A publication of the Kentucky Center for Public Service Journalism

Education Notes: Back to school rallies outfit students; Tates Creek senior elected Girls Nation VP

Families turned out at 17 Lexington-area sites for the annual Back to School Rallies, which were chock-full of games and outdoor activities, community resources, food, and fun for all ages.

Nearly 6,000 students received free school supplies during the Aug. 5 campaign, organized by the YMCA of Central Kentucky.

“School supplies and backpacks are a symbol of the start of another school year,” FCPS Superintendent Manny Caulk said at Douglass Park. “It’s about showing our community that families are our partners, and it’s about unifying our neighborhoods, our schools, and our families so every student has the tools to succeed.”

The blue drawstring bags contained multicolored folders, spiral notebooks, crayons, pencils, pens, and other basics suitable for elementary, middle, and high school students.

Nearly 6,000 students received free school supplies during the Aug. 5 campaign, organized by the YMCA of Central Kentucky (Photo Provided)

“It’s about equitable education and getting them all started on the same footing,” said Jessica Berry, the YMCA’s vice president of Youth Development. “We just want to help support all our families, and we are excited to send students to school ready.”

The Saturday rallies, which started with one church in 2001, have expanded and have served nearly 42,000 students since the YMCA began coordinating the initiative in 2011. This year’s supporters and sponsors alongside Fayette County Public Schools were Kentucky Utilities, Anthem Blue Cross Blue Shield, Anthem Medicaid, Hilliard Lyons, Rotary Club of Lexington, United Way of the Bluegrass, Passport Health, and PNC Bank.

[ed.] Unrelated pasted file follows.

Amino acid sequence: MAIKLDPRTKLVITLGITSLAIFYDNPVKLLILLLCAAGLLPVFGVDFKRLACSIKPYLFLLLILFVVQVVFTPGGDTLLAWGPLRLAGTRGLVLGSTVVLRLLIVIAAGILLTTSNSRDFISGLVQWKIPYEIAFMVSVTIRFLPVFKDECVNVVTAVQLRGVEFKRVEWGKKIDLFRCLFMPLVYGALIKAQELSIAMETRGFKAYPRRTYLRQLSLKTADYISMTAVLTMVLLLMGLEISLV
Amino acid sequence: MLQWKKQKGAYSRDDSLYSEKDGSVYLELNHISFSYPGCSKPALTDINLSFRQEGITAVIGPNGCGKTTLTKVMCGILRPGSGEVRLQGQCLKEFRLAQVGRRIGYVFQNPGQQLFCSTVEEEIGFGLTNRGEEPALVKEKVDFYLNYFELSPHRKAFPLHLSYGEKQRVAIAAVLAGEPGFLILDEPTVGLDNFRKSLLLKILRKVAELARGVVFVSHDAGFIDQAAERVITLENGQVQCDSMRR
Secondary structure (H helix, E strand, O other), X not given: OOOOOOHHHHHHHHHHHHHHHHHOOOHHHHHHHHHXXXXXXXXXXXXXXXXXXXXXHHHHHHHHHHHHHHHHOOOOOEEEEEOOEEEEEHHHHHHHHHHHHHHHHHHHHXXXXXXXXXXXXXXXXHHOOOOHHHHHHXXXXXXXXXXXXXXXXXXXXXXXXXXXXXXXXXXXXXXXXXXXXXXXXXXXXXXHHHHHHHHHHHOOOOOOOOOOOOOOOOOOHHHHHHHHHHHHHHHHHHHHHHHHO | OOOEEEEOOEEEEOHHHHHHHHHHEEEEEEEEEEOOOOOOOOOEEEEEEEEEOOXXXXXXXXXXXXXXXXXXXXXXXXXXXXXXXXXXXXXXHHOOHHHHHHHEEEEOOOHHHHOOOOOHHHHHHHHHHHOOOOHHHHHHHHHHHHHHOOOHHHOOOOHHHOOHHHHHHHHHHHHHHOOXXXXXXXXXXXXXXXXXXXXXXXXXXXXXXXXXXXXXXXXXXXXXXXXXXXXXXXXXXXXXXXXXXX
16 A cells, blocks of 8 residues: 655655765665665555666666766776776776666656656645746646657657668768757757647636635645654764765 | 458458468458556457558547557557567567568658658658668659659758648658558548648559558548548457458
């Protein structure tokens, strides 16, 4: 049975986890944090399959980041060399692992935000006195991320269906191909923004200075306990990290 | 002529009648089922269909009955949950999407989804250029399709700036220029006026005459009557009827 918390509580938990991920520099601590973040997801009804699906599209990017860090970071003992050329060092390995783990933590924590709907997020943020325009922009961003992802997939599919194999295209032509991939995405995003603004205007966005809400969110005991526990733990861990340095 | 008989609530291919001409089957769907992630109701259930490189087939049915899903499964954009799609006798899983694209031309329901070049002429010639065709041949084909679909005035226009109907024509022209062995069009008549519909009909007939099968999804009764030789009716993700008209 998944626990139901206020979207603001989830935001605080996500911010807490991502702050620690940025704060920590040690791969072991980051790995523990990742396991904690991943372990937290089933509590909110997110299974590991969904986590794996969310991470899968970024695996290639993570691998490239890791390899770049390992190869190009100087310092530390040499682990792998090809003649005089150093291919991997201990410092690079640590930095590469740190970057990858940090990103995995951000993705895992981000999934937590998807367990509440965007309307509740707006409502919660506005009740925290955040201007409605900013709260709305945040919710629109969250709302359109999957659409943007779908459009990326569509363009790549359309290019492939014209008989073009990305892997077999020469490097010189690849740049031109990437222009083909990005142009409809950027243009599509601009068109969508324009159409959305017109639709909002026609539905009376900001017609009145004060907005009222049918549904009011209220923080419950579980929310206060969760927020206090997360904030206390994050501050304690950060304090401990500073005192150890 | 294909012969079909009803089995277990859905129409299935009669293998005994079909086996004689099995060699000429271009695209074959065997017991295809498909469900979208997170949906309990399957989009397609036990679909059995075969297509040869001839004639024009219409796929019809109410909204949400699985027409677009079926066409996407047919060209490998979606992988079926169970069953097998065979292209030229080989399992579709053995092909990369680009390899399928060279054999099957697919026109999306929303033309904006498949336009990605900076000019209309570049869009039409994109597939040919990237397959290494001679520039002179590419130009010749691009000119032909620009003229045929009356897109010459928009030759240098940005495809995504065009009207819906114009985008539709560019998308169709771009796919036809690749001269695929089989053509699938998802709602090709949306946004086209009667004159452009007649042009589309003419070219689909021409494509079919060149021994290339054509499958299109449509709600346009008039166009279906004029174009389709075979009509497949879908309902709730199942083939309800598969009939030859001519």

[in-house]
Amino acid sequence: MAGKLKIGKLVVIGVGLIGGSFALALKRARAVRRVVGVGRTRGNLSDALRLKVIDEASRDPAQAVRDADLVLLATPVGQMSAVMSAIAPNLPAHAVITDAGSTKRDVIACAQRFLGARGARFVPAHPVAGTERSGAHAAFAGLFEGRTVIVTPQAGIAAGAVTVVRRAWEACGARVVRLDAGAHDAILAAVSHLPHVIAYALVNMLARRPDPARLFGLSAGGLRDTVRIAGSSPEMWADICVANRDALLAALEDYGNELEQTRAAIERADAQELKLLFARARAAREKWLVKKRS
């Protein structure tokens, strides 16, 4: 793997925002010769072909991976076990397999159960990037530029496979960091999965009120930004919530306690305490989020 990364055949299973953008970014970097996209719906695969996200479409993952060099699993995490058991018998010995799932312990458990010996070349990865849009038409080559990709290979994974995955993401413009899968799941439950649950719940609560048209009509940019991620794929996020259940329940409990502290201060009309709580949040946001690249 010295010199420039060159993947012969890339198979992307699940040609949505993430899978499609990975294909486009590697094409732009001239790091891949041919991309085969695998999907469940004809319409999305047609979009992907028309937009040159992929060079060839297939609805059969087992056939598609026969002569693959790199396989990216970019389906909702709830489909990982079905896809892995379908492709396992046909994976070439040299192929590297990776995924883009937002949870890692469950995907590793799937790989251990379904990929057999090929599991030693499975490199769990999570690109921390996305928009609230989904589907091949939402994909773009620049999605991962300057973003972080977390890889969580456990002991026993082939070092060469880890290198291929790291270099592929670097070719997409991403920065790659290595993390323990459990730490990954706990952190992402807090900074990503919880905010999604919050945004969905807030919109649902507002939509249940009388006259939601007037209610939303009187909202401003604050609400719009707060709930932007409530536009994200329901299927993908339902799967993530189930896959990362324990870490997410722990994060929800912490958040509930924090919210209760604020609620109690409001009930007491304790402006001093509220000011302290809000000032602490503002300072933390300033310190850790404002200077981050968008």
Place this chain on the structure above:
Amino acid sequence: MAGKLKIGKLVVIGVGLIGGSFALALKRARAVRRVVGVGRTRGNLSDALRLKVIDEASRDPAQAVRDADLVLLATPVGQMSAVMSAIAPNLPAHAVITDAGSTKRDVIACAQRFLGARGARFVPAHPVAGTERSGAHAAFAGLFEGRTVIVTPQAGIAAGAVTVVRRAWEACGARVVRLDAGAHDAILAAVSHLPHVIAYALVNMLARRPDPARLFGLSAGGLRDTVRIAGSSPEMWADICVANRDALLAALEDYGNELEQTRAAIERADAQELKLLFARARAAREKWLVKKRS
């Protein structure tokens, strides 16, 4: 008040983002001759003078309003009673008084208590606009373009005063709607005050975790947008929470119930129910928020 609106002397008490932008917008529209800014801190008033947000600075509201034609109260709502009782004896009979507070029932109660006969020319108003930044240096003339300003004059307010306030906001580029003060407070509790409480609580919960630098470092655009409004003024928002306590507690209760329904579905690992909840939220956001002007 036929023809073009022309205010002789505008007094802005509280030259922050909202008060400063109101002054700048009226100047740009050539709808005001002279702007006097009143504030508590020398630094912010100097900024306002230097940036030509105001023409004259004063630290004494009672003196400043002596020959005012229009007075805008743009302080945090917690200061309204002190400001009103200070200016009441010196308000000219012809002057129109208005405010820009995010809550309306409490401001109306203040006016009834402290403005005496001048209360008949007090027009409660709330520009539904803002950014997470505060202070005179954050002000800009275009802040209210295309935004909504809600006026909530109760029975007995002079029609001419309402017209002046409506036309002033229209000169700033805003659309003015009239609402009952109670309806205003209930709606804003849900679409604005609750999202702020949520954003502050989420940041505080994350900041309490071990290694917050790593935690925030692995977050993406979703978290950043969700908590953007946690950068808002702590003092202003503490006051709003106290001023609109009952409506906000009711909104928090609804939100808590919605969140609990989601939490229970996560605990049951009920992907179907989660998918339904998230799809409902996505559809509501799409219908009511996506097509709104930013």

A new rally site in the Bainbridge neighborhood was sponsored by Valvoline, which hosted families on its expansive greenspace off Man o’ War Boulevard and Palumbo Drive. Makinzie Greene, a rising eighth-grader at Crawford Middle, appreciated the extra school supplies.

“Last year I needed better organization, so these folders will help a lot,” she said.

In the elementary line, Lynn Edwards stood with her son, who will start kindergarten at Squires Elementary.

“I saw his (supplies) list, so their willingness to help out is great,” she said of the rally sponsors.

Carla Jackson, the Youth Services Center coordinator at Edythe J. Hayes Middle School, worked closely with the Bainbridge site’s organizers and volunteers.

“Our families in this area had a hard time getting to other locations, and we wanted to make it convenient to walk, so we reached out to Valvoline,” she said.

School board member Daryl Love, who is community relations manager for Valvoline, said the company was glad to step up, particularly for families from nearby Athens-Chilesburg, Squires, and Garrett Morgan elementaries and Hayes Middle.

“This also helps build community among those schools,” Love noted.

Tates Creek senior elected VP at Girls Nation

Danica Moon, a rising senior at Tates Creek High School, was elected vice president of the 71st session of American Legion Auxiliary Girls Nation in Washington, D.C.

Danica was chosen by her peers, the 99 other student senators from all 50 states.

She took the oath of office July 27 on Capitol Hill.

Danica Moon

“I think the office of vice president was best suited for me because I wanted to be involved in the Senate, do everything I could to help the Senate get through a lot of legislation, and give all of the senators a voice in debate,” said Danica, who is interested in a political career.

At Tates Creek, Danica is a member of the orchestra, Young Democrats, and the Academic Team.

She also was the featured poet at the February 2016 meeting of Teen Howl, a poetry reading.